At seven in the morning on Thursday, the first official day of San Diego Comic-Con, thirteen extra-large pizza boxes line the back wall of a conference room in the Omni Hotel. Of course, the walking dead have no taste for pizza. Instead, the boxes contain all manner of zombie prosthetics soon to be attached to ten extras hired to play the walkers who will roam the convention grounds this weekend.
“What’s this?” one of the eight make-up artists asks, opening a box filled with small lumps of latex. “Bite marks,” says Garrett Immel, the on-site special effects make-up artist from KNB EFX (the company responsible for all the zombies in The Walking Dead series). “Ya gotta become a zombie somehow.”
Right now, only one walker is in the room: Emily McGreevy, who showed up early so the hired artists can watch the master at work. McGreevy, along with her fellow walkers, attended a zombie school crash course yesterday, which included a video and instructions not to bite attendees. She spent last night practicing her walk: “I think I’m gonna drag my foot,” she explains before shambling forward with her ankles splayed and her arms raised. She’s got the moves. Next up is the look.
First is hair: Zombie coifs are greasy and unkempt, which here entails a handful of conditioner and some quick tousling. Someone mentions how good it smells, but Immel quickly chimes in, “Conditioner smells horrible after weeks of doing it. Worst smell ever.” He should know. He made up zombies for the first four episodes.
Next comes the latex. Moistened, this stuff slips right out of the box and onto McGreevy’s face and neck. Without makeup, the latex looks like scar tissue. After a few layers of makeup — “Sloppy is better,” Immel instructs — she looks like she’s rotting away.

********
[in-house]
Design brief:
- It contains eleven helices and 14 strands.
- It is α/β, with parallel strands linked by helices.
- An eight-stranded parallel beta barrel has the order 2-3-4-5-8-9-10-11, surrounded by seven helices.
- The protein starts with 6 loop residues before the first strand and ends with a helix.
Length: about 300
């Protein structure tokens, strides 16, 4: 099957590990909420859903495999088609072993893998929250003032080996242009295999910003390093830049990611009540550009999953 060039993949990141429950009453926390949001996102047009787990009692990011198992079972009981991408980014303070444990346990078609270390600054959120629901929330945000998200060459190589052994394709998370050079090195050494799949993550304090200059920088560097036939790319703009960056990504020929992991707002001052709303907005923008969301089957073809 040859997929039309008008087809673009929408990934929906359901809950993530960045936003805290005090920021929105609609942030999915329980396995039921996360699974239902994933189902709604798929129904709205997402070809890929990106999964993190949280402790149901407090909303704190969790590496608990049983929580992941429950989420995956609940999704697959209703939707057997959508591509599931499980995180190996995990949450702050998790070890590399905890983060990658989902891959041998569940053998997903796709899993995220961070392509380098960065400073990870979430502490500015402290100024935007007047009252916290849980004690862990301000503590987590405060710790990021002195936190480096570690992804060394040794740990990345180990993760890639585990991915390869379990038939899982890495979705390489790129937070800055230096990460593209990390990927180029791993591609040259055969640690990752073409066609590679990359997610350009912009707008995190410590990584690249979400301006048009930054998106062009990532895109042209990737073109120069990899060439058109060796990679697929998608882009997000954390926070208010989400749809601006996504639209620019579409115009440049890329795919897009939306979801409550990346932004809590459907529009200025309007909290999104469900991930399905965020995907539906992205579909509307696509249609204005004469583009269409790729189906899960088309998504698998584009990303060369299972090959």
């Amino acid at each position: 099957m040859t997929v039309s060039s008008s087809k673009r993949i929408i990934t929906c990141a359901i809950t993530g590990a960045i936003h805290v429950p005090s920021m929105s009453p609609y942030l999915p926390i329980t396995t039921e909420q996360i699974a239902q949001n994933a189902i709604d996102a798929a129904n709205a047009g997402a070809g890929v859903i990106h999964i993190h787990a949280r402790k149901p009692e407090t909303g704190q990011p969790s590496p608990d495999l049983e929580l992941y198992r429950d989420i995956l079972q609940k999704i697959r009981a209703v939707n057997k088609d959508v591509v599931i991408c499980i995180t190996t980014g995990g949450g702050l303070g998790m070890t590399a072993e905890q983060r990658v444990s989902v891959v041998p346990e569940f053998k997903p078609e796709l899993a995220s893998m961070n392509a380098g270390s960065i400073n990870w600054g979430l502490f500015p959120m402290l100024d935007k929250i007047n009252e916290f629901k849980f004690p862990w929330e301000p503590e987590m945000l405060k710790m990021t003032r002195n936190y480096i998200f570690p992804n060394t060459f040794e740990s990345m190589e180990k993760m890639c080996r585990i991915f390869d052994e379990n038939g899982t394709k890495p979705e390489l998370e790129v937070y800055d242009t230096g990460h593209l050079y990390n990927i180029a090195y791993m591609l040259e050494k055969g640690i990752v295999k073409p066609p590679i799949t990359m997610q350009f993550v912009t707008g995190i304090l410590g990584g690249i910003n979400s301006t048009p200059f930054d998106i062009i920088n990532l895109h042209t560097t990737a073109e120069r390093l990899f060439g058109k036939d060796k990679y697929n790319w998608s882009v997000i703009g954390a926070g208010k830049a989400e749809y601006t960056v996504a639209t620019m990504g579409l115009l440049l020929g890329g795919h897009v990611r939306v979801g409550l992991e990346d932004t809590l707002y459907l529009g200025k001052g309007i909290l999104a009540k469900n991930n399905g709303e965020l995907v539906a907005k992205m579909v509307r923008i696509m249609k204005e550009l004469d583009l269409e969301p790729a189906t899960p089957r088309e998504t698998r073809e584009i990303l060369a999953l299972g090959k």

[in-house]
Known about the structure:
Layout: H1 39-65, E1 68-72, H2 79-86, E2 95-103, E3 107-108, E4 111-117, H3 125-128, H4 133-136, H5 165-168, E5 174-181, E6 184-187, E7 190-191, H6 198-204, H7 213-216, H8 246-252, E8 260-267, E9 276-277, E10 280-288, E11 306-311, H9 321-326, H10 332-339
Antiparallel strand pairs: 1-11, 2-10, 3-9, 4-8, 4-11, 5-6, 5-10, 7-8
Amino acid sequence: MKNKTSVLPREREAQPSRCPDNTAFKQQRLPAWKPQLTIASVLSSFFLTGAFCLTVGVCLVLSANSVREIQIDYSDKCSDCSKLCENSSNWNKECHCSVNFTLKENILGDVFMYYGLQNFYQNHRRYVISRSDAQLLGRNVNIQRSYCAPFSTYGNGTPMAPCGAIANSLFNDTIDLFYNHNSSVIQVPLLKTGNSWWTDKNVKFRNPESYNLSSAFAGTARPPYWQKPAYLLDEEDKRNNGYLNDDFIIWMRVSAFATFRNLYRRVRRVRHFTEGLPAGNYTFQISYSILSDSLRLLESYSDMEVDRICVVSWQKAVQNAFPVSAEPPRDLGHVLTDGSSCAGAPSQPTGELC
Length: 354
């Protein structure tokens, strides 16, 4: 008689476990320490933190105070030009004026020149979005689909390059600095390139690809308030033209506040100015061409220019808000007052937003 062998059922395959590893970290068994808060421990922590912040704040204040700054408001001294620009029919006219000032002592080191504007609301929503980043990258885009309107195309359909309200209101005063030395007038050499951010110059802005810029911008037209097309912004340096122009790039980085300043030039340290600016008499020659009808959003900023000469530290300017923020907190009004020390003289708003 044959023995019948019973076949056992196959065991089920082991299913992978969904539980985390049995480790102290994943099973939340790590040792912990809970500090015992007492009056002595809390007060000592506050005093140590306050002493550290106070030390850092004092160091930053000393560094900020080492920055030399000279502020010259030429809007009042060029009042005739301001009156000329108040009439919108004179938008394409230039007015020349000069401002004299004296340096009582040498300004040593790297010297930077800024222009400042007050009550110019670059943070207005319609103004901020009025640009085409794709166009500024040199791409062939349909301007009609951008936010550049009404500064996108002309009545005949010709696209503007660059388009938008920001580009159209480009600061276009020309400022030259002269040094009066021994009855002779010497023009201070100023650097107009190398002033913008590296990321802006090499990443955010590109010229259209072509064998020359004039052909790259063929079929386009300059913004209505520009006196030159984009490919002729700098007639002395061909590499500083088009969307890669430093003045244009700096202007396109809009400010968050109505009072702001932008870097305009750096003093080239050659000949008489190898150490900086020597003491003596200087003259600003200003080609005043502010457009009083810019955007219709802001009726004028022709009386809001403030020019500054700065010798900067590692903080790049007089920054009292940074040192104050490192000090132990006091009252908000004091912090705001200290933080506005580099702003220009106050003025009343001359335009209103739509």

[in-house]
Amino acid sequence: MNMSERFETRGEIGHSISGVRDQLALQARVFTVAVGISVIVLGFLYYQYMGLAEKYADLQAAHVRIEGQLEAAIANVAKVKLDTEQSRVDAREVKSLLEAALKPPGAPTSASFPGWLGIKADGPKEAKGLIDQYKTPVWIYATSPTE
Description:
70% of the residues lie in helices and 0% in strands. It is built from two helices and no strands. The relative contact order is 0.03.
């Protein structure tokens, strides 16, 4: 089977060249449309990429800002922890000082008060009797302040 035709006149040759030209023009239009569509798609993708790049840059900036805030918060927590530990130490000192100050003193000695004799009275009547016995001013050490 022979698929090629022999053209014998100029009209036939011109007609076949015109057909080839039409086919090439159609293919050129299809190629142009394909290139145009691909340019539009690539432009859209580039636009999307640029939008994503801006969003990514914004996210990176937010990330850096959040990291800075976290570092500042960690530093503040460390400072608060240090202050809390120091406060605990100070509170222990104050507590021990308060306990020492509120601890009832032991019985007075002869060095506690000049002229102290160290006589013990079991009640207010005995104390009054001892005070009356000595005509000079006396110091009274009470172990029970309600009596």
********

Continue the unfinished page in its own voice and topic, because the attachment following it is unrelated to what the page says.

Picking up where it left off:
As Immel turns to applying blood — first a thick layer that comes out of a jam jar, then a liberal splattering of goo from a gallon jug labeled “Dark Blood” — more extras start filtering in. “Oh my God,” laughs Josh, an Iraq vet and horror buff who was strolling online for something fun to do when he stumbled upon the Comic-Con casting call. “I can’t wait.” While Josh gets changed and ready for his own hair conditioner, Immel mixes together a shade of makeup that looks like dried blood, which he then splatters onto McGreevy’s face, arms, legs and torso, Jackson Pollock-style.
The last stage is teeth: McGreevy’s are too white. But that’s nothing a little coffee-colored paint can’t fix. McGreevy, who’s never had any sort of prosthetic make-up on before, is speechless when she looks in the mirror. Soon, though, she can’t help but smile.
By 8AM, she’s officially undead. Immel asks her to hang around so the other artists can use her as inspiration. Immel says that the work he’s done on McGreevy is nearly identical to that in the series. “I’ve tried to simplify the process a little bit,” he admits, but aside from that the only thing she’s missing are the “dead eye” contact lenses, which he was unable to bring from the set.
“This is so cool,” McGreevy enthuses later while practicing her zombie walk. When asked if she’ll still feel that way on Sunday, after she’s done this process four times, she replies, “Are you kidding? I’m hooked!”Read More